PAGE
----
Creating Psychological Safety in Early Childhood

The May edition of the CCEI newsletter focuses on ways that program staff can create and maintain safe learning environments for young children.  We can all agree that this is the top priority of the early learning workforce.  Equally important, however, is the ability to create psychologically safe environments for children.

Dr. Amy Edmondson defines psychological safety as “a belief that one will not be punished or humiliated for speaking up with ideas, questions, concerns, or mistakes, and that the team is safe for interpersonal risk-taking.”  Dr. Edmondson’s work focused on adult working environments, but one could argue that teachers are unable to create psychologically safe environments for children if they work in environments that are psychologically unsafe.

Here are some statements presented by Dr. Edmondson that teams can reflect on as they begin to contemplate psychological safety in their environment:

  1. If you make a mistake on this team, it is often held against you.
  2. Members of this team are able to bring up problems and tough issues.
  3. People on this team sometimes reject others for being different.
  4. It is safe to take a risk on this team.
  5. It is difficult to ask other members of this team for help.
  6. No one on this team would deliberately act in a way that undermines my efforts.
  7. Working with members of this team, my unique skills and talents are valued and utilized.

Depending on your position within your organization, the answers to these questions may vary.  How program administrators feel may differ from the thoughts of the teaching staff.  New employees may feel differently than seasoned staff.  It may be a good exercise to present these questions as an anonymous survey to capture a true picture of how employees are feeling about the psychological safety of the work environment.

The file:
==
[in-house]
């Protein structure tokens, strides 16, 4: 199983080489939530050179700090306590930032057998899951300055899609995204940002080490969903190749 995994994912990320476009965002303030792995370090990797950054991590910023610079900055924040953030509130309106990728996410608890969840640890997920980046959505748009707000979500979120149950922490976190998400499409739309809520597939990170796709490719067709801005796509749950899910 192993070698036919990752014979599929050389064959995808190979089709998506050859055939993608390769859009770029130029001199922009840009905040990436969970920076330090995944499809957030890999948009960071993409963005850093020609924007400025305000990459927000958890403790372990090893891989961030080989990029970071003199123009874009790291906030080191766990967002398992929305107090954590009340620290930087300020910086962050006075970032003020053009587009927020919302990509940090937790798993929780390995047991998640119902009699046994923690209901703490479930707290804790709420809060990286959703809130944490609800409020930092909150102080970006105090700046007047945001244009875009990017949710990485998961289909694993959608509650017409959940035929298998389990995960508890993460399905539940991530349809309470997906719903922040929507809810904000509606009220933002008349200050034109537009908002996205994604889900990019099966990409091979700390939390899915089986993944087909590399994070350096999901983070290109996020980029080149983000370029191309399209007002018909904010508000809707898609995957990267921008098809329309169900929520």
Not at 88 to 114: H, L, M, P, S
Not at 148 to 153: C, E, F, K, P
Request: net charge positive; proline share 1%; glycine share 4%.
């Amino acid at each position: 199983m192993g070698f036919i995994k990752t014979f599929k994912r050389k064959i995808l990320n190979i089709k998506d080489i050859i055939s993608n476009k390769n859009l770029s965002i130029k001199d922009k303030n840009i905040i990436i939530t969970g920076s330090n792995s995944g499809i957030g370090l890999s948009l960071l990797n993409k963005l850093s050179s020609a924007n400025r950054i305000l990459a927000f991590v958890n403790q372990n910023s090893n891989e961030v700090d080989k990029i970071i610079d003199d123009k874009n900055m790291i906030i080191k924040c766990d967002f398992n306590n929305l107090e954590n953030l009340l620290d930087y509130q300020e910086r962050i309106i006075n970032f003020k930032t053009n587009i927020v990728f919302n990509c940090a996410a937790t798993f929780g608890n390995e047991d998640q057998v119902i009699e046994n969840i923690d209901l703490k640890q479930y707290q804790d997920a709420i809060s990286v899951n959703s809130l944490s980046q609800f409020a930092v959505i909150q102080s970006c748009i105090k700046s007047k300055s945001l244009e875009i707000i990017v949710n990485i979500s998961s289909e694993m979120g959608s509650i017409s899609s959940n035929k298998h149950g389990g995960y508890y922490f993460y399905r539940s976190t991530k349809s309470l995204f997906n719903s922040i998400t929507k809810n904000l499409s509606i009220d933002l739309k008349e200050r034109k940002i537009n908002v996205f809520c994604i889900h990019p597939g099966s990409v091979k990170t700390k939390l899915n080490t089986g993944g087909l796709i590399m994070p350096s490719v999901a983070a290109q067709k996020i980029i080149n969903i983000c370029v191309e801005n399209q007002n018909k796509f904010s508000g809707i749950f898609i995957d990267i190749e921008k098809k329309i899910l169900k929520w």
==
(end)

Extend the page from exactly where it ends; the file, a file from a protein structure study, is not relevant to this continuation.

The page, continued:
Only small shifts in language are necessary to adapt these statements to focus on how children experience psychological safety in the environment:

  1. When a child makes a mistake, it is seen as a learning opportunity rather than a reason for punishment.
  2. Children are encouraged to talk about their struggles and support is offered as they attempt to solve problems.
  3. All children and families are welcomed, affirmed, and valued.
  4. Children are encouraged to take risks, explore new materials, and express themselves.
  5. It is common for children to ask peers and adults for help.
  6. Children are learning new social and emotional skills every day. They are not acting out to hurt my feelings.
  7. Children feel safe to communicate their needs and share their interests and skills.

We encourage you to take some time to sit with these questions, either independently or with your coworkers.  The answers may not all be positive as you recognize opportunities to add elements of psychological safety to your learning environment. Create a plan to address situations with a new approach and slowly but surely, you will be actively creating a psychologically safe environment for children and your peers!

Here are some additional resources to help you on your journey: